| As with other big-eared bats, the huge ears of Allen's big-eared bat can be curled back along the sides of the neck so they resemble the horns of a ram. When its ears are tucked out of the way in this manner, one of the cartilage folds of the ear (the tragus) remains erect and may actually look like a small ear, which can make it hard to identify a roosting bat. Few have been observed in their roosts; most information about them comes from bats that were netted while they were flying. These versatile bats adapt their flight patterns and sound emissions (echolocation calls) to varying terrains. They are capable of straight, direct flight, but can also fly slowly, maneuver well, and even hover, so they can forage in and among tree branches. They mostly eat small moths but also take other insects.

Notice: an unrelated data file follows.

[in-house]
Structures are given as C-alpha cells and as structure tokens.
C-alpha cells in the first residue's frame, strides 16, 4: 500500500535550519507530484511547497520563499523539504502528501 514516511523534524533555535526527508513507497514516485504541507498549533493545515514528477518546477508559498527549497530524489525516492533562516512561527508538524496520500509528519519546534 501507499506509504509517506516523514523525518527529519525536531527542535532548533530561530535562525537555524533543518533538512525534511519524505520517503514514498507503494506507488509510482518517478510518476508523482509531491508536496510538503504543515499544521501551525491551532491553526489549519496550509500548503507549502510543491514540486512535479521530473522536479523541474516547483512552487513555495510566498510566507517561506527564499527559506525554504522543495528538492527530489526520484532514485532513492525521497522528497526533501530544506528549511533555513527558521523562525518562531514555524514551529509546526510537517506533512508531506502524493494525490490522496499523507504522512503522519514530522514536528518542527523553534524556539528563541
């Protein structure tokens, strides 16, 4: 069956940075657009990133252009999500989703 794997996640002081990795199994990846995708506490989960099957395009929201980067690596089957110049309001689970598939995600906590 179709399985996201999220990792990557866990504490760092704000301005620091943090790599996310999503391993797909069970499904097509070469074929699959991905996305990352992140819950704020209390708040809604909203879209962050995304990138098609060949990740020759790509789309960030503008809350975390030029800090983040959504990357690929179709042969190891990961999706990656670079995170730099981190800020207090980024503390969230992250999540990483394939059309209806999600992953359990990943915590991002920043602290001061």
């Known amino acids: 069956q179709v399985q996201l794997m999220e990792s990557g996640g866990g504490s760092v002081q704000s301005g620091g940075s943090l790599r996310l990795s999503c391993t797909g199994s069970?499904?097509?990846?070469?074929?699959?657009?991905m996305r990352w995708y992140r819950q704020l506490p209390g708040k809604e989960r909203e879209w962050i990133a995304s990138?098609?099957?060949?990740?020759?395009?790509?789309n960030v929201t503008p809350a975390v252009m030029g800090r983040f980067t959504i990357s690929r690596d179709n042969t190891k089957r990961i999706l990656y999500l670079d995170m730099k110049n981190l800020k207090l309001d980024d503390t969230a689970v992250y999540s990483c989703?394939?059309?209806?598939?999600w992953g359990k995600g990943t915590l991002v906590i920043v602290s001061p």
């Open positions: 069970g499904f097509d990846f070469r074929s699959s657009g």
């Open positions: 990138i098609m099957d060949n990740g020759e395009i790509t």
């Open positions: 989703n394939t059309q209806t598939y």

Also known as:
Mexican Big-eared Bat, Lappet-browed Bat
Females may be about 5% longer than males.
Allen, G.M., 1916. Bats of the genus Corynorhinus. Bulletin of the Museum of Comparative Zoology, 60:331-356.
Mammal Species of the World
Mammalian Species, American Society of Mammalogists' species account
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